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Katyn Review

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Families in 1940s Poland are desperate to hear news of the Polish officers that were taken into Katyn Forest by Stalin's secret police and never seen again.

★★★★

At 82, the great Andrzej Wajda tackles an atrocity he couldn’t mention during the Communist era: the execution of 15,000 Polish officers — one of them his father — by Stalin’s secret police in Katyn Forest in 1940.

This is a heartfelt work of commemoration and accusation, focused on the cover-up of the massacre and its grievous consequences. Inspired by the suffering of his mother, Wajda brings art and heart to history in interweaving strands about women awaiting their men in vain and children searching dangerously for the truth. This may not rank among his greatest masterpieces, but it’s exciting to see that Wajda still has a devastating, defiant work in him.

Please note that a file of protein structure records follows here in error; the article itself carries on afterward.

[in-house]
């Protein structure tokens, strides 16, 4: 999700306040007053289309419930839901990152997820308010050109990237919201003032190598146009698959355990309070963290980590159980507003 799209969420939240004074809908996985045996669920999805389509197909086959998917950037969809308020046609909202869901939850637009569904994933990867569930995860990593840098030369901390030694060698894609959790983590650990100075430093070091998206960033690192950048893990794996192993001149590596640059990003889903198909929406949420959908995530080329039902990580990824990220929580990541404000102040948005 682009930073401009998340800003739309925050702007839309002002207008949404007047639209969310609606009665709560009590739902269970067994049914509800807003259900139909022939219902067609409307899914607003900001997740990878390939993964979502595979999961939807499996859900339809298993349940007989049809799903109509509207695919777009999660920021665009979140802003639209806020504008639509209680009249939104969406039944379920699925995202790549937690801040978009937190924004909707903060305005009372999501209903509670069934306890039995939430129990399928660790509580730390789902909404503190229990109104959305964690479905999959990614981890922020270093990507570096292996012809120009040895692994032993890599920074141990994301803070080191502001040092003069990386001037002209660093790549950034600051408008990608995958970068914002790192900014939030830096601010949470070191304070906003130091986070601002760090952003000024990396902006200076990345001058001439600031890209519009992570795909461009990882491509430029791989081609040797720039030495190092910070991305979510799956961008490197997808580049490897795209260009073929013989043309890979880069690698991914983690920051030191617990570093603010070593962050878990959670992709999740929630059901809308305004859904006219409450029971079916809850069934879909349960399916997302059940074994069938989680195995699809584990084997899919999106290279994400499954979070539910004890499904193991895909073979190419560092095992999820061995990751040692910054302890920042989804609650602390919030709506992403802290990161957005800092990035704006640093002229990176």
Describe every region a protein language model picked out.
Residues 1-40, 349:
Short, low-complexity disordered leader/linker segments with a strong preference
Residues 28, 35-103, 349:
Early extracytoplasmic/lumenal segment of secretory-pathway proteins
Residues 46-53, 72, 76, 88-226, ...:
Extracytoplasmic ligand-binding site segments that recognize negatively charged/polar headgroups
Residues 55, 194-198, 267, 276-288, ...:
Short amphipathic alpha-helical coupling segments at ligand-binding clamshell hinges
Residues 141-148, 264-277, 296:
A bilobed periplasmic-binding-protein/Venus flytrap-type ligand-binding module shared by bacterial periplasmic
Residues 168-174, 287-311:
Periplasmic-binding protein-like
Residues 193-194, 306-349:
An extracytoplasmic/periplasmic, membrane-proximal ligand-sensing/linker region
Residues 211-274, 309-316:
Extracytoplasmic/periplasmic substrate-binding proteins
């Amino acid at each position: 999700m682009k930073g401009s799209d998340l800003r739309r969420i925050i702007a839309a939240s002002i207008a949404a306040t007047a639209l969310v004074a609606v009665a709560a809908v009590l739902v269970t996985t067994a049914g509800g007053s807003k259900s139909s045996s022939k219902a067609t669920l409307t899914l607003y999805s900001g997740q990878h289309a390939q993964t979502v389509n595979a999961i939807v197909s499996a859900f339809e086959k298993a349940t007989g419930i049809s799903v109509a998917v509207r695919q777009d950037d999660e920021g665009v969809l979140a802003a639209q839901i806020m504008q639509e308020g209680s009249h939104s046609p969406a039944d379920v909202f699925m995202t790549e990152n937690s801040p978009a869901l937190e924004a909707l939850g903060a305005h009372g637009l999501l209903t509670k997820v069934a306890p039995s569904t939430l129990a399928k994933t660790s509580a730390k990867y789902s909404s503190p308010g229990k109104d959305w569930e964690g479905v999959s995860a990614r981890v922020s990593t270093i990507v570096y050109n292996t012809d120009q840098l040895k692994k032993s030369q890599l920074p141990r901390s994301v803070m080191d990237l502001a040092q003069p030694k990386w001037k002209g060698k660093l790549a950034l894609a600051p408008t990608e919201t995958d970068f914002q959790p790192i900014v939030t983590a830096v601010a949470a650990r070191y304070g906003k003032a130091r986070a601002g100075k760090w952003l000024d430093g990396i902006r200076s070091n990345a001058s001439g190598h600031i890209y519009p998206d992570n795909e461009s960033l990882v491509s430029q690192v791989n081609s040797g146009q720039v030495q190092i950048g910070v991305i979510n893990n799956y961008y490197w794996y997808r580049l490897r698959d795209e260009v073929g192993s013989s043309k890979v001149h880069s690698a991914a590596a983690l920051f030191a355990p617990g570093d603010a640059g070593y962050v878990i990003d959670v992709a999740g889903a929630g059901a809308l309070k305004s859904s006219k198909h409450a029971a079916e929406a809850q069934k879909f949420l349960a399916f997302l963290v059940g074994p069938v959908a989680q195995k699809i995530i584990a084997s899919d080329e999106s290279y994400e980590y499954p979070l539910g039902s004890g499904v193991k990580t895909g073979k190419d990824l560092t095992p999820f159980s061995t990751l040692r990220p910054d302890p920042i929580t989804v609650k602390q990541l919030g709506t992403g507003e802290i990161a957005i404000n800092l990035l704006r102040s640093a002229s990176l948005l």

Desperately moving drama which is clearly close to the director's heart.

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